6. ‘Melkólfs saga ok Salomons konungs’, by John Tucker, is a diplomatic edition with accompanying facsimile of the only surviving fragment of Melkólfs saga ok Salomons konungs (AM 696 4to III, fol. 1, ca. 1400). Improved photographic techniques have made it possible to eliminate a number of misreadings in Jess H. Jackson’s edition of 1952.

7. ‘Et kort utdrag av Heimskringla’, by Jon Gunnar Jørgensen, presents an edition of a previously unpublished Danish résumé of Heimskringla (apart from Hálfdanar saga svarta) preserved in Stock. papp. fol. nr 84, ff. 28v-36v. The introduction provides: 1) a sketch of the circle of learned humanists in 16th-century Bergen, of which the résumé is a product; 2) an account of the contents of the manuscript, its localisation (Bergen), probable date (between 1559 and 1568) and identification of the scribe (a secretary at the castle Bergenhus); 3) an examination of the relationship between the manuscript as a whole and the Heimskringla résumé in particular and Bergens Fundas and Bergens Rimkrønike (the manuscript was in all likelihood used as a source for a revision of these two works); 4) an examination of the contents of the résumé (which gives priority to the kings' connections with Bergen); 5) an attempt to identify the source used for the résumé (in all probability the manuscript Kringla); and 6) a short description of the linguistic features of the résumé (which would not preclude the author having been a Norwegian). A facsimile of f. 28v is included.

8. ‘Marginalia poetica’, by Jonna Louis-Jensen, deals with two marginal verses from the 16th century: 1) ‘Bægt var mér frá blíðum hjörva runni’ (found in the fragment AM 921 4to II), a complainte d’amour addressed by a woman to a man, and 2) ‘Ferðin klökk með fleina hlökk’ (preserved in AM 713 4to, f. 46v), a name-riddle of a type frequently found in rímur, where a name is spelt through kennings or other poetic circumlocutions for the runic names of the individual letters (fé, úr, þurs etc.), as exemplified in the Icelandic rune-poem Þrídeilur.

9. ‘Manuscripta Rosencrantziana’, by Mariane Overgaard. The article examines the direct and indirect evidence in the Arnamagnæan Collection pertaining to Árni Magnússon’s purchase in 1695 of manuscripts from the estate of etatsråd Jens Rosenkrantz, and to Árni’s sale of printed books to Rosenkrantz. Among other things the evidence shows that there must have been a general register of Árni’s library, even though Kristian Kålund (Arne Magnussons håndskriftfortegnelser, 1909) claimed that none was found at the time of his death in 1730.

10. ‘Den suhmske skriver “Magnus”’, by †Helle Jensen. The scribe named ‘Magnus’ in the manuscripts Ny kgl. Sml. 1019 a-d fol., Ny kgl. Sml. 1151 fol. and Ny kgl. Sml. 1228 fol. (all previously part of P. F. Suhm’s collection and written for him) is here identified as Magnús Jónsson, whose hand is to be found for example in the manuscript Ny kgl. Sml. 1689 4to, and not as Markús Magnússon, as has hitherto been thought. Four samples of the hand are provided as documentation.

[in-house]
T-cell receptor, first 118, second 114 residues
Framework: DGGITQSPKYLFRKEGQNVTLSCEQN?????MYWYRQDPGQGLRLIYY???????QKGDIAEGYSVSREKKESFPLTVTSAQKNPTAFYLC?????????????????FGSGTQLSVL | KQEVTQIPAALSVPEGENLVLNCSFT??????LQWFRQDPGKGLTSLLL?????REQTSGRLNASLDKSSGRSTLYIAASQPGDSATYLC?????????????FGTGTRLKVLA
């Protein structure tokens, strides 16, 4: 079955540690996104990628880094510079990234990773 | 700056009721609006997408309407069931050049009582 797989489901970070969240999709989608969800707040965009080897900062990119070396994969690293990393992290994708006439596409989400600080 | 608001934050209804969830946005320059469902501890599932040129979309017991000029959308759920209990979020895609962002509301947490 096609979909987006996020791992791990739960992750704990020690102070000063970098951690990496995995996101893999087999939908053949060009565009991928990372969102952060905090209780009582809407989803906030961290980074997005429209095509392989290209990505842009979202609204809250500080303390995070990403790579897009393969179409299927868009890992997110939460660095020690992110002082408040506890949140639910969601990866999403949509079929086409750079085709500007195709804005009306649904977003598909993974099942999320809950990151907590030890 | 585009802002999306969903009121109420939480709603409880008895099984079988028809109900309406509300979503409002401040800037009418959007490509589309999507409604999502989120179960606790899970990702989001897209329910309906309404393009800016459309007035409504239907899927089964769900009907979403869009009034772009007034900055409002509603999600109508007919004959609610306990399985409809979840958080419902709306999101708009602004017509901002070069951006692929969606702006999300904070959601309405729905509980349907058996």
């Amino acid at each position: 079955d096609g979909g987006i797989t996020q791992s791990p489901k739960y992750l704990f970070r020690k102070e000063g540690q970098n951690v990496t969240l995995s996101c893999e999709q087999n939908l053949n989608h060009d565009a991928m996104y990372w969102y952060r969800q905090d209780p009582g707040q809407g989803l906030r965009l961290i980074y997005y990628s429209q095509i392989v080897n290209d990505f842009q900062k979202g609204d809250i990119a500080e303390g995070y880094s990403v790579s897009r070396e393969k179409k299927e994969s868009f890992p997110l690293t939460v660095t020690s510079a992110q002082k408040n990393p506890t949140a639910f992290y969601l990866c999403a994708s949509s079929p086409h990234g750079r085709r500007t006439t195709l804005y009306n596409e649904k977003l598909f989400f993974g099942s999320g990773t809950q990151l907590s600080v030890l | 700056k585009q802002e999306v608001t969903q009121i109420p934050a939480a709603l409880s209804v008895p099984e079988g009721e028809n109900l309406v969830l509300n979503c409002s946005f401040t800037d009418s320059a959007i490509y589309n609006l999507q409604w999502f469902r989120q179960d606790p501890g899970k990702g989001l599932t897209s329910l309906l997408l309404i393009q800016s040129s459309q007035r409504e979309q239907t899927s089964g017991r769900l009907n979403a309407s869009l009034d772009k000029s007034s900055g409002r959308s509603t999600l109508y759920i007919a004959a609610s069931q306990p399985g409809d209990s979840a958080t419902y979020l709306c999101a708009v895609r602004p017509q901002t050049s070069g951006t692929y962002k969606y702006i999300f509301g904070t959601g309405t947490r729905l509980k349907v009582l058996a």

11. ‘Almen temporal er-sætning med og uden korrelat i norrønt sprog – bidrag til typens beskrivelse’, by Finn Hansen, presents a synchronic and diachronic analysis of the common temporal er-clause in Old Norse, both with and without a correlate (i.e. þá). The chief result of the synchronic analysis is that þá is obligatory where a clause introduced only by er could have more than one possible function with respect to the governing clause. The result of the diachronic analysis is that in cases where there is a free choice between þá + er and 0 + er, there is an decrease in the former and increase in the latter through the whole of the Old Icelandic period and in Old Norwegian at least up until c. 1300, a development linked by the author to changes in the composition of the corpus.

12. ‘En note til skriftespejlet i AM 75 8vo’, by Britta Olrik Frederiksen, is a correction of a reading in Karl Martin Nielsen’s edition of the Old Danish prayer book, AM 75 8vo, from c. 1500 (Middelalderens danske Bønnebøger III, 1957); the suggested reading is confirmed by a parallel in a newly discovered Latin source, Hugo Ripelin of Strassburg’s Compendium Theologicae Veritatis (hoptæ (sandhet), p. 171, should read hoxtæ (sandhet), cf. the source’s summa (veritas)).

All the articles are all accompanied by summaries in English, and the volume concludes with indices of manuscripts and names.